Roderick and Louise report back to Joe. They are apologetic and clearly feel bad about failing at their mission. Being a stern but supportive father figure, Joe is okay, he knows they will find her. It’s like a parent assuring their child that they will find their lost dog. Charlie enters. He feels especially guilty and offers himself to Joe for his penance. By “himself,” I mean he offers his life. Louise lays out plastic sheeting, and Charlie presents Joe with a knife. He was a part of the following because he wanted to be part of something important, bigger than himself. He gives his life to Joe as an apology, a gift, and for a chance to do something important. Things get kind of weird here. The music swell emotionally, Joe embraces Charlie with tears in his eyes and holds him as he plunges the knife into Charlie’s gut and twists. When the life has left Charlie, Joe gently lowers him to the floor. He slams back a tumbler of whisky and mourns. It is weird because, going back to the dog metaphor, the scene is like watching dad put down Old Yeller. You want to feel sympathy for this legion of super villains.
Anyway, Roderick and Louise are left alone in front of the fire. She is sexually aroused by the murder and wants to “break another headboard” with Roderick. Roderick is oddly quiet, distant, and not interested. She tries to kiss him; he throws her off and chokes her. He finally throws her down on the couch, but the violence seemed to spark something in him and the two start going at it. Meanwhile, Emma brings clean clothes and linens to Joe, who is cleaning himself of Charlie’s blood. Emma starts to help him, and again the chemistry between them sparks. Again, Joe resists, saying he loves his wife. “She’s not here, is she?” Joe gives in, and the two fall into bed together.
Dig It or Bury It?
I know this show can get kind of ridiculous, and relies on coincidences and luck more than any other show, but I have realized that I don’t care. I still find The Following to be an insane, engrossing hour of television.
I think the conservative watchdog groups will have a field day with tonight’s episode. Violence and sex were inextricably linked tonight, more than any other episode. They also turned Charlie’s murder into a sad, solemn moment. It is weird to me that they are representing Joe as the (albeit flawed) hero of the story. I am no stranger to rooting for the bad guy (Freddy Kruger!) but the way that The Following does it makes me feel strange. It’s hard to put my finger on. Maybe it was that the music that swelled during Charlie’s murder scene felt manipulative, and made it seem forced.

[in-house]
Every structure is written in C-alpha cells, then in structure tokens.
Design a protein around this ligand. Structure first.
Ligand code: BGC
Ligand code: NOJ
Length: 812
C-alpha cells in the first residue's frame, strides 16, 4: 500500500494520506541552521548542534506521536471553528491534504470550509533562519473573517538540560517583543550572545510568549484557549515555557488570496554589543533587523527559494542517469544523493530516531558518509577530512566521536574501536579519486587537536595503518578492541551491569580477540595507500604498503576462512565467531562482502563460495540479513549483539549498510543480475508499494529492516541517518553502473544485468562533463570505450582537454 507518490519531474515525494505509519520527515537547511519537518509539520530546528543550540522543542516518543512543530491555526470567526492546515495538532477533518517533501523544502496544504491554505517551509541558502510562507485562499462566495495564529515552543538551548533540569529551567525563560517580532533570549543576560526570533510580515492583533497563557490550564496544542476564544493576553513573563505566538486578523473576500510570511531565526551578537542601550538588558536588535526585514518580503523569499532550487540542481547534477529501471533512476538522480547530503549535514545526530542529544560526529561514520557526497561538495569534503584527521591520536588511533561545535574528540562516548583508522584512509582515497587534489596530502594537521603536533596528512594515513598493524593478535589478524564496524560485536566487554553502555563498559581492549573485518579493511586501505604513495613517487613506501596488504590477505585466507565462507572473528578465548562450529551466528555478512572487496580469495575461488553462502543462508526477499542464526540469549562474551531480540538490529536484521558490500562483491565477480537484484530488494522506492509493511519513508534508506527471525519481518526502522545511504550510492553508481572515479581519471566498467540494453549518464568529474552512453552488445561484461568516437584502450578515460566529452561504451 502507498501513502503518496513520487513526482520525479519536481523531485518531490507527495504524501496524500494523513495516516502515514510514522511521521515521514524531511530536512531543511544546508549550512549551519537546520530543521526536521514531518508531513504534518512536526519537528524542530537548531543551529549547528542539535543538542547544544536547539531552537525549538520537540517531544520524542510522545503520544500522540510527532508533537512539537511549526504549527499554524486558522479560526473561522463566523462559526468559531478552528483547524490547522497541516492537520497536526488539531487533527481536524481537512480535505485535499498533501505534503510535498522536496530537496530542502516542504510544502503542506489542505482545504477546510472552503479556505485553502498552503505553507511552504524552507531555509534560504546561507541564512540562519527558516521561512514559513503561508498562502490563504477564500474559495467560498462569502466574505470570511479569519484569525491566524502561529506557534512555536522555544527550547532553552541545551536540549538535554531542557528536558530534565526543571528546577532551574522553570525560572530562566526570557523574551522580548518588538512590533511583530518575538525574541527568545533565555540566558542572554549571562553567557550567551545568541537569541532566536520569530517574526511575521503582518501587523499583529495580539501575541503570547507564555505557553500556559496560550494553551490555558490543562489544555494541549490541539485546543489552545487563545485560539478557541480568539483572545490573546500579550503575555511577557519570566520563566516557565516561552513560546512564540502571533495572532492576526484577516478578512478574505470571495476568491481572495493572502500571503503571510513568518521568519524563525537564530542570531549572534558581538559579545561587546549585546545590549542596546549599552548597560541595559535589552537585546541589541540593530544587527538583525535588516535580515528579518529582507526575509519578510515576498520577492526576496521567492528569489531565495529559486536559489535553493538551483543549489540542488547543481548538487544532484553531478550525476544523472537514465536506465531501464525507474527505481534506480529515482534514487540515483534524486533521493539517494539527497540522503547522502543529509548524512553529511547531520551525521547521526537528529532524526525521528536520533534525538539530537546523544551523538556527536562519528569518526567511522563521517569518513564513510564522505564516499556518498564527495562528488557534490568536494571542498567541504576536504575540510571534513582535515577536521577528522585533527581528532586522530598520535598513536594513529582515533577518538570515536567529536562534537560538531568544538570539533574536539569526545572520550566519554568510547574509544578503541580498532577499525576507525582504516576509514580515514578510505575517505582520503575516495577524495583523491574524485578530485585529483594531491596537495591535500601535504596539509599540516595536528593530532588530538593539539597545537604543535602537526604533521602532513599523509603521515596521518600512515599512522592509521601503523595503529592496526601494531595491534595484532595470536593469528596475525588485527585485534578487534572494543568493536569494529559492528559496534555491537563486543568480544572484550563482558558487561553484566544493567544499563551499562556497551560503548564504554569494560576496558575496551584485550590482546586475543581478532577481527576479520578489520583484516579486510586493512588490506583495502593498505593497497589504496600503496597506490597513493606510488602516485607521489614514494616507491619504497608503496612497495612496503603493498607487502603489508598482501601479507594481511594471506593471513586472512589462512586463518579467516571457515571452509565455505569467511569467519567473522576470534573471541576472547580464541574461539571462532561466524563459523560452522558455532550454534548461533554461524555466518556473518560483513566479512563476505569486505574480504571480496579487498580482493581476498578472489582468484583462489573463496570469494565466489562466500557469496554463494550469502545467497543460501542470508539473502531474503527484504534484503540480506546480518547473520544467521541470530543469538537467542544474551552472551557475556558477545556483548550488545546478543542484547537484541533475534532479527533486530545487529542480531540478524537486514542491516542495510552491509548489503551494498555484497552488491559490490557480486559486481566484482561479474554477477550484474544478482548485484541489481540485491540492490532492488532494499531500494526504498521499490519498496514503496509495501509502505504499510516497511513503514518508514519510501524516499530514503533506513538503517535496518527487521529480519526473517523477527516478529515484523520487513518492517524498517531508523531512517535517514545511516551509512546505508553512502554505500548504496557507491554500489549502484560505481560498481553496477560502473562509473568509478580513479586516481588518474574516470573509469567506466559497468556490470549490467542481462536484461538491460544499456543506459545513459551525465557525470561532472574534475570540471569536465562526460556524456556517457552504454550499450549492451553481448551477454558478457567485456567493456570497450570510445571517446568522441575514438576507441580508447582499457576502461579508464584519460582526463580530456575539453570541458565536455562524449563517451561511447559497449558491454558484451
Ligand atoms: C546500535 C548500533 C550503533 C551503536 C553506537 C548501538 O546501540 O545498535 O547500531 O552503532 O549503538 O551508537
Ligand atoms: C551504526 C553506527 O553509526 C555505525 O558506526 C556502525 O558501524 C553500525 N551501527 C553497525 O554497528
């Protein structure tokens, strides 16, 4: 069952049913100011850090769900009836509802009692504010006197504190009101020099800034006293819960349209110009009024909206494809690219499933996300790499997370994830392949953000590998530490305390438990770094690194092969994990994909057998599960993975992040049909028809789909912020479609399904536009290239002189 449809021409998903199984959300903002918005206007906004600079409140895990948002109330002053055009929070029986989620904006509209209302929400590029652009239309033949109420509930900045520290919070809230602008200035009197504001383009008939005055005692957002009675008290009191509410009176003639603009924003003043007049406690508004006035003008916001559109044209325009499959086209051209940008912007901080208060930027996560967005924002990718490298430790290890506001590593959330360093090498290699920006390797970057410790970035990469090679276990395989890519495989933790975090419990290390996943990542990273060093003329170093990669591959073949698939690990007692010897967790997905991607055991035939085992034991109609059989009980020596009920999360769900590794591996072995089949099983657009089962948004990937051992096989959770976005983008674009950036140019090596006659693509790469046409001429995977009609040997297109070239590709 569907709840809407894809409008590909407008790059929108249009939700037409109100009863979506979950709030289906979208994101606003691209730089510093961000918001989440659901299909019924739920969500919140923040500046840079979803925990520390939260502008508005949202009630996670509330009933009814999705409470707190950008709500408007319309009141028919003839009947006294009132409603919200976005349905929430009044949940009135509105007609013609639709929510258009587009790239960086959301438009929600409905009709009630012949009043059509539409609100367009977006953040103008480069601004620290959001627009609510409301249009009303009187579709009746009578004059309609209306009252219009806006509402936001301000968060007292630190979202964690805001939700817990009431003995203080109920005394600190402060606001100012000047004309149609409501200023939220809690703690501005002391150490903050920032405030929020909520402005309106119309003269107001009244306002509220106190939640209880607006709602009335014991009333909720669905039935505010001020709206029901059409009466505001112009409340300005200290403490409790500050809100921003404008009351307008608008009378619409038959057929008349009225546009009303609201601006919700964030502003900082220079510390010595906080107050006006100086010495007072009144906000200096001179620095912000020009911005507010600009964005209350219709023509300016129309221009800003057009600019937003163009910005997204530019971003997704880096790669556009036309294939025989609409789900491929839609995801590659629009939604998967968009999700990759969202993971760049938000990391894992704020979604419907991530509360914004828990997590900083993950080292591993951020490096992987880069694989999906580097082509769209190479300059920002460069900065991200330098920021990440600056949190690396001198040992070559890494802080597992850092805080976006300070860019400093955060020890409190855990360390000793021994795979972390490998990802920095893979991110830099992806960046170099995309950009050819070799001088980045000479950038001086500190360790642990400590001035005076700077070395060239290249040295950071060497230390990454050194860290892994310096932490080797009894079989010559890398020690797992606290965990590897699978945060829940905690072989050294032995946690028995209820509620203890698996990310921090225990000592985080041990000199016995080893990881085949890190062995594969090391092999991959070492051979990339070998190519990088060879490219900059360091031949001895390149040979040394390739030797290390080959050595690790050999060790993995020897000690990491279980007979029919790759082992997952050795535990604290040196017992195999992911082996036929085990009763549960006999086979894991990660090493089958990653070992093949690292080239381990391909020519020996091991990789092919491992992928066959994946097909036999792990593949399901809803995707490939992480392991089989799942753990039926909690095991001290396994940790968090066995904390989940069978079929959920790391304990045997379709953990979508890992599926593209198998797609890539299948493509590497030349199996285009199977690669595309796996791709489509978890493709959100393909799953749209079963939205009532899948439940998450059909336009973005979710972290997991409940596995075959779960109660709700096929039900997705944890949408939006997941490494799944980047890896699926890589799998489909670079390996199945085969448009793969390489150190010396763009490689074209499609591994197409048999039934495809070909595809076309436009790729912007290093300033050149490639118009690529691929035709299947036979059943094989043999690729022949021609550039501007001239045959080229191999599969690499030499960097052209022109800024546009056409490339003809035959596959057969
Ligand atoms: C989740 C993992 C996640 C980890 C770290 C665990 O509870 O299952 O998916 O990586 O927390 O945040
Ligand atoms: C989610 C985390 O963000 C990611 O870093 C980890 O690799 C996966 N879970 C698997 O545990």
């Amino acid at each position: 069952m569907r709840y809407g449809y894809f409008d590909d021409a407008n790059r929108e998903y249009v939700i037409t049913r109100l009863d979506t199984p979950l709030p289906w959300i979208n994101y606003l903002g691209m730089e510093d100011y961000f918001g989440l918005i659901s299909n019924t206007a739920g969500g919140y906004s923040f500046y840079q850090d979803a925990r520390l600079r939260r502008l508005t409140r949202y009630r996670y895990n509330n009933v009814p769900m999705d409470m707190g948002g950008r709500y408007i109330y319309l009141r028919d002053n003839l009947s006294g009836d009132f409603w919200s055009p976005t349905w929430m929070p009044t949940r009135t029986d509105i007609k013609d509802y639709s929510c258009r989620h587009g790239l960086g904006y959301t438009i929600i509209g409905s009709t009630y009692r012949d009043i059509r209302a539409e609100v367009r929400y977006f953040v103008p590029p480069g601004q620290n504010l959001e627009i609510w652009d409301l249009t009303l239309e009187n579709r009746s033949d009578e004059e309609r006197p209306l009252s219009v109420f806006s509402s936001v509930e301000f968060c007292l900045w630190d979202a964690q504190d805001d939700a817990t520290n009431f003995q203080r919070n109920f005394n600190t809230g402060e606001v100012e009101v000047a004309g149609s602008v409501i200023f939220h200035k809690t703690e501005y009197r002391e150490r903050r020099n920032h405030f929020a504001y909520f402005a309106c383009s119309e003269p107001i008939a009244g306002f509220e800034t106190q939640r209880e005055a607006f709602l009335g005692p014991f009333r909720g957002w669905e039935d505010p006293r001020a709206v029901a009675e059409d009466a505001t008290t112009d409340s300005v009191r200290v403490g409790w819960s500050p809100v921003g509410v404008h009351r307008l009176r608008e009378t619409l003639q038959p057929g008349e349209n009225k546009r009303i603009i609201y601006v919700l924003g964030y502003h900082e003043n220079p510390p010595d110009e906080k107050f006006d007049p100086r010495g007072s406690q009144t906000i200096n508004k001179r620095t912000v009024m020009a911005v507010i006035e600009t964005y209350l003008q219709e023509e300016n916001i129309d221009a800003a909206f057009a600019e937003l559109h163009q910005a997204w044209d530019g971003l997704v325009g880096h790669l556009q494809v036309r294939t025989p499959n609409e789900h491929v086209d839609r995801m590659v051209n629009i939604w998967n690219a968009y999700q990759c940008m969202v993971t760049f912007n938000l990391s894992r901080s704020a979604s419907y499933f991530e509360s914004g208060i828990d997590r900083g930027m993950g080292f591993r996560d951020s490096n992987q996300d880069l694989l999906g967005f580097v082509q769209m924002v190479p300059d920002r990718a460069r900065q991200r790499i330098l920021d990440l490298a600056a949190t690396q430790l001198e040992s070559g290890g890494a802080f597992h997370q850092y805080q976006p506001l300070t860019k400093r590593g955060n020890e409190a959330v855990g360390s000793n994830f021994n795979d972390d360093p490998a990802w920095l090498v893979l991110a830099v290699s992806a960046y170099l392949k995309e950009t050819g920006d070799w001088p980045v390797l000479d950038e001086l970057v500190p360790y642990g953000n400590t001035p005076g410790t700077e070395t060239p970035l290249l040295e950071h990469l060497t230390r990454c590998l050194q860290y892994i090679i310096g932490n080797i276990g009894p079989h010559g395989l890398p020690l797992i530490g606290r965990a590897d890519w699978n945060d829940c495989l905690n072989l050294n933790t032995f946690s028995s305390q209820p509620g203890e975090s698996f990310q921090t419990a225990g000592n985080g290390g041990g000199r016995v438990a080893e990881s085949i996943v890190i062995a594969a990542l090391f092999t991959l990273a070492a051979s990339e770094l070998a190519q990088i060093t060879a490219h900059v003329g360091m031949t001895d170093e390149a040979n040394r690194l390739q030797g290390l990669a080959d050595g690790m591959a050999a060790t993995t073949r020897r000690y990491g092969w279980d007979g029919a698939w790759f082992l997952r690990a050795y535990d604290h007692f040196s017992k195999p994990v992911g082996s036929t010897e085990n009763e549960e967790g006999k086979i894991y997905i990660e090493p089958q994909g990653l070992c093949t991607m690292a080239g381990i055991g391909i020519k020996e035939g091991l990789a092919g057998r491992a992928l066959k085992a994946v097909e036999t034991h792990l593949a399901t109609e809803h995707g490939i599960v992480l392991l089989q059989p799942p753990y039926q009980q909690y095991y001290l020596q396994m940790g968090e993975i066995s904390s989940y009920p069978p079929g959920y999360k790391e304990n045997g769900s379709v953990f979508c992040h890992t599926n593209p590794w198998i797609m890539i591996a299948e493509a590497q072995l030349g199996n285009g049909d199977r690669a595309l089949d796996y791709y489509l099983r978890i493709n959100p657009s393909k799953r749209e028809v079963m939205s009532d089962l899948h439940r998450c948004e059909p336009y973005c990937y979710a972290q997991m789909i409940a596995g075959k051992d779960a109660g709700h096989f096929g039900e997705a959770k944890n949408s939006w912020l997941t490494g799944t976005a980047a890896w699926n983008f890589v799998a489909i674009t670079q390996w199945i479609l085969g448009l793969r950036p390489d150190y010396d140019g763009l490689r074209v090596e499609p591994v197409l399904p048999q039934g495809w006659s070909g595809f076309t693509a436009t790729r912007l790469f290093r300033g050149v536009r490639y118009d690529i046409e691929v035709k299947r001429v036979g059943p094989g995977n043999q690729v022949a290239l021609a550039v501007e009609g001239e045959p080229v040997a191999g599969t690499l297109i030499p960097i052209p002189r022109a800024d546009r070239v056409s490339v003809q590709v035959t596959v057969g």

I am getting a little impatient to see what Joe’s plan is all about. There has to be more than just bringing Claire and Joey to live as a “happy little family” in his compound. Joe is like a better looking, better educated version of Charlie Manson. One with money, and who will do the dirty work (people forget that Manson never physically killed anyone.)
Flashback to the Future
Joe knew Roderick back in 2003. He taught Roderick about how to kill a woman, demonstrating on a young woman bound and gagged to a table in an underground room. A year later, Joe is in prison, and Roderick thanks him for taking the fall. Roderick killed two of the women that Joe admitted to killing, and did it to protect Roderick, so he could reach his full potential.
Paul and Jacob turn up, but not at Joe’s compound. The followers start hunting any woman named Claire Matthews (too bad her name wasn’t something more unique like Bertha Moskowitz). I wonder how long it is before some of the followers try to overthrow Joe - or at least start killing each other. I am guessing the in-fighting will begin next week.